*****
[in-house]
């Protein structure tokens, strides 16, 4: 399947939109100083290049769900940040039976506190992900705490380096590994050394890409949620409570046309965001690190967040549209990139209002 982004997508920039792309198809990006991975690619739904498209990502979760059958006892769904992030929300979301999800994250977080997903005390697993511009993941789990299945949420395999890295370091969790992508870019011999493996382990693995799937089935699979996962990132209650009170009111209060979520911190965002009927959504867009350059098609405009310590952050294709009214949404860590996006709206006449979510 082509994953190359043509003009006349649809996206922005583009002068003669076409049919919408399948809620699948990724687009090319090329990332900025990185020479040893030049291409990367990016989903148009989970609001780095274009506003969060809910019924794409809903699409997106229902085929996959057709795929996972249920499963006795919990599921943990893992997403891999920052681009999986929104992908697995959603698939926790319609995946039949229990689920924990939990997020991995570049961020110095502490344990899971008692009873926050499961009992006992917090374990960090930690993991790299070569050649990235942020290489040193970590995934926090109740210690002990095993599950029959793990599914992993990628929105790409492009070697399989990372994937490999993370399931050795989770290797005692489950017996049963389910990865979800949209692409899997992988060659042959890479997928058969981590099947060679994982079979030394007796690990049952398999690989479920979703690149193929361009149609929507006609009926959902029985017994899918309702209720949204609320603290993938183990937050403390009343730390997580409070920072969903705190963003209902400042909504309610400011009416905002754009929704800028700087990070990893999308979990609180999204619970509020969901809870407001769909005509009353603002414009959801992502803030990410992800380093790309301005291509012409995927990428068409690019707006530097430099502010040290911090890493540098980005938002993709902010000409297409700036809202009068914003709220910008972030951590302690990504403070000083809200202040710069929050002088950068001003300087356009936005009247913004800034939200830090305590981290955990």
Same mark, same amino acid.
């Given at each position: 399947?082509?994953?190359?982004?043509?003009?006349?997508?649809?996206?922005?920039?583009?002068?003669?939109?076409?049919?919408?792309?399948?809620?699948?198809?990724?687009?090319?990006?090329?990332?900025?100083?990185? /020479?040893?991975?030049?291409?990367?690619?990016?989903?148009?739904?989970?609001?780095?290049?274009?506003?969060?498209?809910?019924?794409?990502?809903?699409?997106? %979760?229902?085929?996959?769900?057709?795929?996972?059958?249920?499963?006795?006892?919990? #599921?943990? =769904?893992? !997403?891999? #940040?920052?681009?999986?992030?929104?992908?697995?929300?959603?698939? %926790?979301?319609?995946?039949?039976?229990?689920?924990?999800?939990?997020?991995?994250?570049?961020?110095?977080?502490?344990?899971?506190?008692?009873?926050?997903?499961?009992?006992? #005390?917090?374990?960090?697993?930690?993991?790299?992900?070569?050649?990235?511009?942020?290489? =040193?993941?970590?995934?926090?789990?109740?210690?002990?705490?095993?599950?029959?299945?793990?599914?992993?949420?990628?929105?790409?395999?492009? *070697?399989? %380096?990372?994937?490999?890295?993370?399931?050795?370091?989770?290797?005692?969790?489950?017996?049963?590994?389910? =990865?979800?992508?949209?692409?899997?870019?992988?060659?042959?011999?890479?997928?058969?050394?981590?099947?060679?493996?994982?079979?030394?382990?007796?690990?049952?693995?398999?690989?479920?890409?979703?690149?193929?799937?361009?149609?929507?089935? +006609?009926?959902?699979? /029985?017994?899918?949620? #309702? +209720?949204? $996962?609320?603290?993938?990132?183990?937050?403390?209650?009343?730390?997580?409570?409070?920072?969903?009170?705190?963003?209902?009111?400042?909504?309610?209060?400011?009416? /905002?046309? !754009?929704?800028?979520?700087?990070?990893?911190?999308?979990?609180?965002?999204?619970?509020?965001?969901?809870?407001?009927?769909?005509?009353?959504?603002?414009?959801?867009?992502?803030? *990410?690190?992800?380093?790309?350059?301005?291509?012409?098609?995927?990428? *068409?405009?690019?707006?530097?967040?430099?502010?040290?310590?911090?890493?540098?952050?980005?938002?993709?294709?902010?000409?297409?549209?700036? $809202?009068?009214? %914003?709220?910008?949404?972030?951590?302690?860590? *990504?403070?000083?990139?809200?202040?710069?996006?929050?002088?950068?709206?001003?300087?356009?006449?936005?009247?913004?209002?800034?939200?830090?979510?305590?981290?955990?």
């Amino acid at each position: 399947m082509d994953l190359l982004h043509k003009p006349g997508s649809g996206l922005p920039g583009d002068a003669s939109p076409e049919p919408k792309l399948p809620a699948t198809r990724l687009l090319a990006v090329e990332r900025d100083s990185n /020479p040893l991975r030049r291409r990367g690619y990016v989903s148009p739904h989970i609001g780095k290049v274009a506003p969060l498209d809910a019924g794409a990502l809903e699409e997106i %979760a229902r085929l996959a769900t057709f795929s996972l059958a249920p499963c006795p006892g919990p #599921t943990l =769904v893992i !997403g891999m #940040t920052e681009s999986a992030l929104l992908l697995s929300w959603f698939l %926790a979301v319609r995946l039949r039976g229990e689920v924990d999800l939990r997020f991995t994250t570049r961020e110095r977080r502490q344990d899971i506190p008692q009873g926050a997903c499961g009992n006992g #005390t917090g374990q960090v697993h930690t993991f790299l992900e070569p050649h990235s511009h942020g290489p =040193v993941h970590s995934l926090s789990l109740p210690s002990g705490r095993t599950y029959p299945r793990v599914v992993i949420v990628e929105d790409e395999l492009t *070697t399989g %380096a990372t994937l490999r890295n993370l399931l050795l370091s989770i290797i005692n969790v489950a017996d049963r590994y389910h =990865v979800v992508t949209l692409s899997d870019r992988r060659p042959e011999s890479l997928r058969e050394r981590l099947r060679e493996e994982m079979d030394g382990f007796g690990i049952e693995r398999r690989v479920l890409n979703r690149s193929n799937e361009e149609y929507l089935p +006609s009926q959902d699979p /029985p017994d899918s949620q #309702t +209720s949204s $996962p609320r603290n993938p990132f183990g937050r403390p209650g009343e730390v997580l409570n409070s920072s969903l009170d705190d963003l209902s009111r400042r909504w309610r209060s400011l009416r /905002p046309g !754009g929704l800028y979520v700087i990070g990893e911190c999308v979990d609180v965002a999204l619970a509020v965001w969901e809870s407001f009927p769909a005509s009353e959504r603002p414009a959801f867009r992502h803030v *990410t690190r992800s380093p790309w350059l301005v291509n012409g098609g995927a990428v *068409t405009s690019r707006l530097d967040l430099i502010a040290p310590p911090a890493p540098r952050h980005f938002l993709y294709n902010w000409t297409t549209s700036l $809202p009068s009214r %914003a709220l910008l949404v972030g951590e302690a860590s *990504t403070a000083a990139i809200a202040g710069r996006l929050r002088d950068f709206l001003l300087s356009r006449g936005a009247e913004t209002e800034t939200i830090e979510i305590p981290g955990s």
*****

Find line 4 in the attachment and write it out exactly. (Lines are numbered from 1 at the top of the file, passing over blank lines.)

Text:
């Given at each position: 399947?082509?994953?190359?982004?043509?003009?006349?997508?649809?996206?922005?920039?583009?002068?003669?939109?076409?049919?919408?792309?399948?809620?699948?198809?990724?687009?090319?990006?090329?990332?900025?100083?990185? /020479?040893?991975?030049?291409?990367?690619?990016?989903?148009?739904?989970?609001?780095?290049?274009?506003?969060?498209?809910?019924?794409?990502?809903?699409?997106? %979760?229902?085929?996959?769900?057709?795929?996972?059958?249920?499963?006795?006892?919990? #599921?943990? =769904?893992? !997403?891999? #940040?920052?681009?999986?992030?929104?992908?697995?929300?959603?698939? %926790?979301?319609?995946?039949?039976?229990?689920?924990?999800?939990?997020?991995?994250?570049?961020?110095?977080?502490?344990?899971?506190?008692?009873?926050?997903?499961?009992?006992? #005390?917090?374990?960090?697993?930690?993991?790299?992900?070569?050649?990235?511009?942020?290489? =040193?993941?970590?995934?926090?789990?109740?210690?002990?705490?095993?599950?029959?299945?793990?599914?992993?949420?990628?929105?790409?395999?492009? *070697?399989? %380096?990372?994937?490999?890295?993370?399931?050795?370091?989770?290797?005692?969790?489950?017996?049963?590994?389910? =990865?979800?992508?949209?692409?899997?870019?992988?060659?042959?011999?890479?997928?058969?050394?981590?099947?060679?493996?994982?079979?030394?382990?007796?690990?049952?693995?398999?690989?479920?890409?979703?690149?193929?799937?361009?149609?929507?089935? +006609?009926?959902?699979? /029985?017994?899918?949620? #309702? +209720?949204? $996962?609320?603290?993938?990132?183990?937050?403390?209650?009343?730390?997580?409570?409070?920072?969903?009170?705190?963003?209902?009111?400042?909504?309610?209060?400011?009416? /905002?046309? !754009?929704?800028?979520?700087?990070?990893?911190?999308?979990?609180?965002?999204?619970?509020?965001?969901?809870?407001?009927?769909?005509?009353?959504?603002?414009?959801?867009?992502?803030? *990410?690190?992800?380093?790309?350059?301005?291509?012409?098609?995927?990428? *068409?405009?690019?707006?530097?967040?430099?502010?040290?310590?911090?890493?540098?952050?980005?938002?993709?294709?902010?000409?297409?549209?700036? $809202?009068?009214? %914003?709220?910008?949404?972030?951590?302690?860590? *990504?403070?000083?990139?809200?202040?710069?996006?929050?002088?950068?709206?001003?300087?356009?006449?936005?009247?913004?209002?800034?939200?830090?979510?305590?981290?955990?």